It is a real pleasure to follow the noble Baroness, Lady Pinnock and to speak this afternoon as a member of the Public Services Committee on the first report of the committee. This was a very revealing inquiry prompted by the unfortunate and unexpected arrival of the Covid-19 pandemic.
I pay tribute to the chair, the noble Baroness, Lady Armstrong, and the committee staff who worked under extreme pressure, frequently producing documents and suchlike at very short notice. I also pay tribute to my fellow committee members whose depth of knowledge and diversity of life experience made this inquiry so interesting and worth while. This was the first inquiry that I had been party to since joining your Lordships’ House, and I found it quite thought-provoking.
I say that it was a revealing inquiry because it highlighted areas of government that hitherto had been accepted as perhaps good working practice or, at the very least, accepted as the norm, with no real incentive for change. The Covid pandemic certainly put many of these previously accepted practices to the test, and they were found wanting when the chips were down. The report identifies many of these, a recurring theme being that of data sharing and, as it says clearly and is very well evidenced, Covid-19 has highlighted the inadequate data sharing between national agencies and local services.
As can be seen, we identified a number of conclusions and recommendations. If I were to choose an area from the inquiry that really caught my attention, it would undoubtedly be the overcentralised delivery of public services. We heard compelling evidence from a large number of witnesses identifying a clear lack of involvement at local level. In many cases they had been left in the dark as to the support that they were entitled to but denied due to confusion and a deficiency of clarity caused by a very centralised approach.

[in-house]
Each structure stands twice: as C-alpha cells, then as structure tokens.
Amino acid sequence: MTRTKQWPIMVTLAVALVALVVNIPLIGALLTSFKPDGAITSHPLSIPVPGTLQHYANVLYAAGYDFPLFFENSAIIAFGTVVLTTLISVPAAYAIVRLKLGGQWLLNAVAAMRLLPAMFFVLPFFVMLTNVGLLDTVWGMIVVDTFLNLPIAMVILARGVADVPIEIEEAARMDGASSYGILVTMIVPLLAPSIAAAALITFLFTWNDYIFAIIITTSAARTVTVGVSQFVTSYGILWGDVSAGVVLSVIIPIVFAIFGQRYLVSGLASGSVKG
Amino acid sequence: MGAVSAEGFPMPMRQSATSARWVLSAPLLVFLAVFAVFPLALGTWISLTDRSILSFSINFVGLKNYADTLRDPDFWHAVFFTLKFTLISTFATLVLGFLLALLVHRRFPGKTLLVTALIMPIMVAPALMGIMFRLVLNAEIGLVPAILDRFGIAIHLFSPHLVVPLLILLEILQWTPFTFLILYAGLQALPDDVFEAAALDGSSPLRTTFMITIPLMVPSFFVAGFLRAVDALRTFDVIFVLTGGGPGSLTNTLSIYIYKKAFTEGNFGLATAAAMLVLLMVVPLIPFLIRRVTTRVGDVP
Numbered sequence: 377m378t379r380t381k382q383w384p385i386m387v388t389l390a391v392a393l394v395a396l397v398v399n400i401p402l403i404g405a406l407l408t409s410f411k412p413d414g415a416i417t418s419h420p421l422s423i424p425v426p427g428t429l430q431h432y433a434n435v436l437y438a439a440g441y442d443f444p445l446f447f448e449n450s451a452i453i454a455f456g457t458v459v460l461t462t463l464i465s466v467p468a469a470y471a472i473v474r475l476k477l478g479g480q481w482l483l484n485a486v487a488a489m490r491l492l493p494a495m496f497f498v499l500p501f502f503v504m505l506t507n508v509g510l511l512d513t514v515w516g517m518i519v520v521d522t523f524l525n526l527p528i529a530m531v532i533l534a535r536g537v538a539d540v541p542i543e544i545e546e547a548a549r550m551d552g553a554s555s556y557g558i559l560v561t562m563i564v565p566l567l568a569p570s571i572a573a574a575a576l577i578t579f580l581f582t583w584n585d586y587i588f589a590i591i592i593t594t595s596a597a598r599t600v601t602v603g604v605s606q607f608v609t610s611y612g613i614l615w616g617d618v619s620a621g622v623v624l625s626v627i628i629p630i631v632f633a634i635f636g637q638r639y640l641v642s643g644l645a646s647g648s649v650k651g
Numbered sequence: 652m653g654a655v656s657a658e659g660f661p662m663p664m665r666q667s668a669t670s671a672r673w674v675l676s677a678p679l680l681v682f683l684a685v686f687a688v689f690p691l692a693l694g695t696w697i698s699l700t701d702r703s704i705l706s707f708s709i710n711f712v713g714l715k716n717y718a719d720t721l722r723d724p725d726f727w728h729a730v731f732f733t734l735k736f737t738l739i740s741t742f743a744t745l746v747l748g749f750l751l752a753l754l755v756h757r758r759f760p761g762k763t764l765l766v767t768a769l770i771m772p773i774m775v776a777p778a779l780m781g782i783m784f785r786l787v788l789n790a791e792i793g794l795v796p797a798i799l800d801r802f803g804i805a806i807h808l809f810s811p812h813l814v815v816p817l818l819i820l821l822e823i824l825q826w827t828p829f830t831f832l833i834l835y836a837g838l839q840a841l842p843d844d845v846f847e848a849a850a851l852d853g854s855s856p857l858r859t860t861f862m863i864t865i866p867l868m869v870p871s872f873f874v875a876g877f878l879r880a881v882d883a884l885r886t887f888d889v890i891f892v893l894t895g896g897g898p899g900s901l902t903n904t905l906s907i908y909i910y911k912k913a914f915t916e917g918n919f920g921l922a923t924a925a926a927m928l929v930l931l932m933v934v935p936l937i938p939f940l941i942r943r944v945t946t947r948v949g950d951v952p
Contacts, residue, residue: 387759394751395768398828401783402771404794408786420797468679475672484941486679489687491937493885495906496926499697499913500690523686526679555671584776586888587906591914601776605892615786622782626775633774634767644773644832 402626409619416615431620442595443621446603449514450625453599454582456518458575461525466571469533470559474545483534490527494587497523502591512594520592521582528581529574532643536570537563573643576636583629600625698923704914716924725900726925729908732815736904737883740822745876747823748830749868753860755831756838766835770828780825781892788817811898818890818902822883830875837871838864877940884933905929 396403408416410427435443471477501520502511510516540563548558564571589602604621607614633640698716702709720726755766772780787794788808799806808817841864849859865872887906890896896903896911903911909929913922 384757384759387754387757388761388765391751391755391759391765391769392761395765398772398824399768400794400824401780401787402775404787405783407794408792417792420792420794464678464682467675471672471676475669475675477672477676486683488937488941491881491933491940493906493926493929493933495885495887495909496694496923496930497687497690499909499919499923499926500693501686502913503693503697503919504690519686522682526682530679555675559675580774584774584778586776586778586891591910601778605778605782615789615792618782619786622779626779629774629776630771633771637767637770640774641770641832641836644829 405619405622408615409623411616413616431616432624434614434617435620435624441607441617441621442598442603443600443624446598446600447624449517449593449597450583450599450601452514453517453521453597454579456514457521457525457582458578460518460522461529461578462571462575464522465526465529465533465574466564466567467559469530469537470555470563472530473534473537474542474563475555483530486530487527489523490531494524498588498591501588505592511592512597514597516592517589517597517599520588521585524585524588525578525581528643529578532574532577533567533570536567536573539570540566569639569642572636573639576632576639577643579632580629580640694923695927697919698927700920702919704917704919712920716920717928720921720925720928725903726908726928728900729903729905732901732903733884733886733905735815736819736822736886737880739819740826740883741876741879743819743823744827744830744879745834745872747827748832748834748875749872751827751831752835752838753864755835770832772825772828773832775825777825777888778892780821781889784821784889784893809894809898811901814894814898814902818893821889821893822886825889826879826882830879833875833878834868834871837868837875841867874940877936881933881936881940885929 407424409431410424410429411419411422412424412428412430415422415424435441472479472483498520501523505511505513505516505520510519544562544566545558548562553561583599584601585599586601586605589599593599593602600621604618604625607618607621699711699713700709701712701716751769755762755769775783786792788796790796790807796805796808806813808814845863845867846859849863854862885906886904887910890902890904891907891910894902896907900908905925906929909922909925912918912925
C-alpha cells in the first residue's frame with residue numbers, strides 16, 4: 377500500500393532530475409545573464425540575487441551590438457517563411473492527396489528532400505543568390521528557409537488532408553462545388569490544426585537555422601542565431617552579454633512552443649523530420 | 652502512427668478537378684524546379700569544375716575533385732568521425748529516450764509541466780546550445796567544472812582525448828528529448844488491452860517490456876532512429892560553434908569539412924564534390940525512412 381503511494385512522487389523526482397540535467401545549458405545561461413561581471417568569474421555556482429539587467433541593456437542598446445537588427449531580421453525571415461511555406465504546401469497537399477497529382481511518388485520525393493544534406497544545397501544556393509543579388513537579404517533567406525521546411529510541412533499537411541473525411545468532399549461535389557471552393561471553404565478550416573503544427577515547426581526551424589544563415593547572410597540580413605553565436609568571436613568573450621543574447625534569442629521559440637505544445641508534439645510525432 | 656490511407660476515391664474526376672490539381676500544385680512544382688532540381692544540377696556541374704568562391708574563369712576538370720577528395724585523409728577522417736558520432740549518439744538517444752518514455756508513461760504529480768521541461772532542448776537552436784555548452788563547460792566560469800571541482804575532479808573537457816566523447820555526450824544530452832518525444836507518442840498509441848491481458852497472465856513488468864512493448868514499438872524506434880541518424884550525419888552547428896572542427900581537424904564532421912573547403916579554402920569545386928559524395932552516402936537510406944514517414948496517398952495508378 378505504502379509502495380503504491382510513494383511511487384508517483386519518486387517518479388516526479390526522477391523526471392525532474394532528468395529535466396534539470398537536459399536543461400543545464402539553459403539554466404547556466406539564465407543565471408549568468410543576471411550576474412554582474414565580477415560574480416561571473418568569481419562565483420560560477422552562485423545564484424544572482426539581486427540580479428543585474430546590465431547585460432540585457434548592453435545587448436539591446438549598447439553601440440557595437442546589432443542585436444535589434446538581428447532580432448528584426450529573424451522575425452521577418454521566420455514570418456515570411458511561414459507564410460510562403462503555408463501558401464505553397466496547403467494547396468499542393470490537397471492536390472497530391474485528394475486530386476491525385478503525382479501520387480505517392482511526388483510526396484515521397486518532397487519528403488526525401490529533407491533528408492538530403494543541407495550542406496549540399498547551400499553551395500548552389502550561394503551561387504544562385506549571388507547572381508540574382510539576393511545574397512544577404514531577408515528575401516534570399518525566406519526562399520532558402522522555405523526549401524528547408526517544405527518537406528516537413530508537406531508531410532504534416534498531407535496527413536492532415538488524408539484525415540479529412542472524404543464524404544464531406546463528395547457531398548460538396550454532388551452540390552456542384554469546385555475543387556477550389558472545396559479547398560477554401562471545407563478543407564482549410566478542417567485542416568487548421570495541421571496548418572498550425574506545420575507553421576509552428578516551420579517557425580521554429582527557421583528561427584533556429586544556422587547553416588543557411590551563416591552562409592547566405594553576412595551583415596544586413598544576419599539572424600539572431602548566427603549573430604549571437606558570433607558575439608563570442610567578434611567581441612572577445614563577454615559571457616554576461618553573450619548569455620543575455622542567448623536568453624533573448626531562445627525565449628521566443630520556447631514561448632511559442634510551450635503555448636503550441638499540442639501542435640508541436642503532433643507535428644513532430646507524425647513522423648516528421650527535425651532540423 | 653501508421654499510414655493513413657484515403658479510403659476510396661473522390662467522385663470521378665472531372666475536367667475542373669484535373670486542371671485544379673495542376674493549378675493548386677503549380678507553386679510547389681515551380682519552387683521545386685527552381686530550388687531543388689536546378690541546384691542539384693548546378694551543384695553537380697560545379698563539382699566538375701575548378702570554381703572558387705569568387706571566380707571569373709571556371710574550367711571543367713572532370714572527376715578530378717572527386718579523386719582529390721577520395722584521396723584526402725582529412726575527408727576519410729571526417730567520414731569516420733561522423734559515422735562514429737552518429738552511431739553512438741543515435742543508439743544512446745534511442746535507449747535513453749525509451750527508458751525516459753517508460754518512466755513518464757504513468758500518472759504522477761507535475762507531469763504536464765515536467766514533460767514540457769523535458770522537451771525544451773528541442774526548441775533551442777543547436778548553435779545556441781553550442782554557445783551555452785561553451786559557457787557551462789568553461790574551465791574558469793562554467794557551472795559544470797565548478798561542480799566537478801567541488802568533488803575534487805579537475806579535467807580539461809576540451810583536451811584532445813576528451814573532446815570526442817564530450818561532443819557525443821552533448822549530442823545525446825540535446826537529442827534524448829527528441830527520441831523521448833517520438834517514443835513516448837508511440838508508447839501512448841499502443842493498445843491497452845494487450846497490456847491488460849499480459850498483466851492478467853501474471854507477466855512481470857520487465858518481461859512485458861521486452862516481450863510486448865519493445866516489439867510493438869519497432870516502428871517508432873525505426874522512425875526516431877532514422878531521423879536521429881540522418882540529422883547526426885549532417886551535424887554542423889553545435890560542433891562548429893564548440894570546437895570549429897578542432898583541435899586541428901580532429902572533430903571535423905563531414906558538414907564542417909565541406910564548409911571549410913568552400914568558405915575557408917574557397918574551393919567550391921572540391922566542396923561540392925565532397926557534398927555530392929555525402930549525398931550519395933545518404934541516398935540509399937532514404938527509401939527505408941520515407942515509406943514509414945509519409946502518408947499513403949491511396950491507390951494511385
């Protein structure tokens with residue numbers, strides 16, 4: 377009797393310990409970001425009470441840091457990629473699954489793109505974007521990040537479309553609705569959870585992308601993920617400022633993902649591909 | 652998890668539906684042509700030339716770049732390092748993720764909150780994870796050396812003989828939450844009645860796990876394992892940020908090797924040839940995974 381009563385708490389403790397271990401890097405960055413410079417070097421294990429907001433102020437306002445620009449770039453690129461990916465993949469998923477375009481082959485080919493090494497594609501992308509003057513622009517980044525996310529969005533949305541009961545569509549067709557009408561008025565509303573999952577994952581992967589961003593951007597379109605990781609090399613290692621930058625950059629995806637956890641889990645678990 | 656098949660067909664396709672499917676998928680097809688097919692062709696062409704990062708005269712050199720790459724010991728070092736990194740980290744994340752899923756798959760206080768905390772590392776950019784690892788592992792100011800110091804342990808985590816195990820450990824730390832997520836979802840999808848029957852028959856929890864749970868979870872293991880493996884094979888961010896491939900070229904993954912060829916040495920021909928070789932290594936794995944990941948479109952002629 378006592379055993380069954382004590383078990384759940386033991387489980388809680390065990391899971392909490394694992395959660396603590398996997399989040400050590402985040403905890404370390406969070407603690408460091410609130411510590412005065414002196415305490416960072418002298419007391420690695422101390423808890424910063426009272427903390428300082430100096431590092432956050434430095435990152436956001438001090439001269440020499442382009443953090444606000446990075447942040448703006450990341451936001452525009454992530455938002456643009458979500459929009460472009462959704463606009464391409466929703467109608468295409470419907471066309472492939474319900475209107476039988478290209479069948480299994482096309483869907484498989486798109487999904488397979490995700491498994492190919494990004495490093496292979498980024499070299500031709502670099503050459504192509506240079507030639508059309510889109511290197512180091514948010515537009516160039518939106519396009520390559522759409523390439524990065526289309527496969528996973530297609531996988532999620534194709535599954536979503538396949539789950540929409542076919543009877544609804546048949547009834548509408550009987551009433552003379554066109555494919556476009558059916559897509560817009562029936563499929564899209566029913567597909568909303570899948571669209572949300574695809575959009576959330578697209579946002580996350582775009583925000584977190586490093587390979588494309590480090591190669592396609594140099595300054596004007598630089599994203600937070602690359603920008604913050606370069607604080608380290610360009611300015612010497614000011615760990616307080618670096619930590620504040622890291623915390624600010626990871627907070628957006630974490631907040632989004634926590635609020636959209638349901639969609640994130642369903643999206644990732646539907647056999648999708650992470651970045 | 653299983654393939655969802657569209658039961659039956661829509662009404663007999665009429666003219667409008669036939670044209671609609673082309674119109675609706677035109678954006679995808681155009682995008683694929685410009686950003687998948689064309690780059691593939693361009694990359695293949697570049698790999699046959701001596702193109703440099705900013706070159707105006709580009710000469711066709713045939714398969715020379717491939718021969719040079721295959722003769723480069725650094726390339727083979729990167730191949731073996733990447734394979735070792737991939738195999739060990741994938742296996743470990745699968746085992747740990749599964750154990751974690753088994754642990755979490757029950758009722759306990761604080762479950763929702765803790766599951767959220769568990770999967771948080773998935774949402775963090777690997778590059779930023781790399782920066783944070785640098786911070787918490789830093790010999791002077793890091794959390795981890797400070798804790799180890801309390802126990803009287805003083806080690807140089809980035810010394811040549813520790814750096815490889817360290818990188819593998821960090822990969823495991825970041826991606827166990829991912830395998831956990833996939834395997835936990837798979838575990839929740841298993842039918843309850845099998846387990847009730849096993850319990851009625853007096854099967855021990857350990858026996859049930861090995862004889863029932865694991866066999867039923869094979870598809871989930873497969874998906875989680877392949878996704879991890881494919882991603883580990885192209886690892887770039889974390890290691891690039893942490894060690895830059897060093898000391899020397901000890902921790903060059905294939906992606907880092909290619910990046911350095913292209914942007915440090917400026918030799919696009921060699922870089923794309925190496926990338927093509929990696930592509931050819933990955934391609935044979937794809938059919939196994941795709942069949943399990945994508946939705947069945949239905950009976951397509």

This was made abundantly clear by a number of witnesses. I too want to mention Agatha Anywio from Wandsworth, who told us of her experience in the early days of lockdown. She said that
“I had a letter from the Government telling me that I should officially shield, but nothing happened … It was about four weeks into lockdown before I was actually recognised, only because I persisted … If I had kept quiet and done nothing about it, I have a feeling that I might have been completely forgotten.”
Debra Baxter from Wigan, who is 55 years old and has cerebral palsy, told the committee that she was now a full-time wheelchair user. She said:
“My personal experience was that if it was not for the support of my daughter, who is here beside me, during lockdown I would not have been able to cope … I also felt that this pandemic, shall we say, took us all by surprise, and there were no actual structures with the social care setting to deal with emergencies like this. If it were not for my daughter and the friendly neighbours who live around me, I would struggle a great deal during lockdown.”
The impression left by front-line public service providers who gave evidence was that there was no co-ordinated communication strategy across government departments. Dr Jeanelle de Gruchy, president of the Association of Directors of Public Health, told us that her colleagues from central government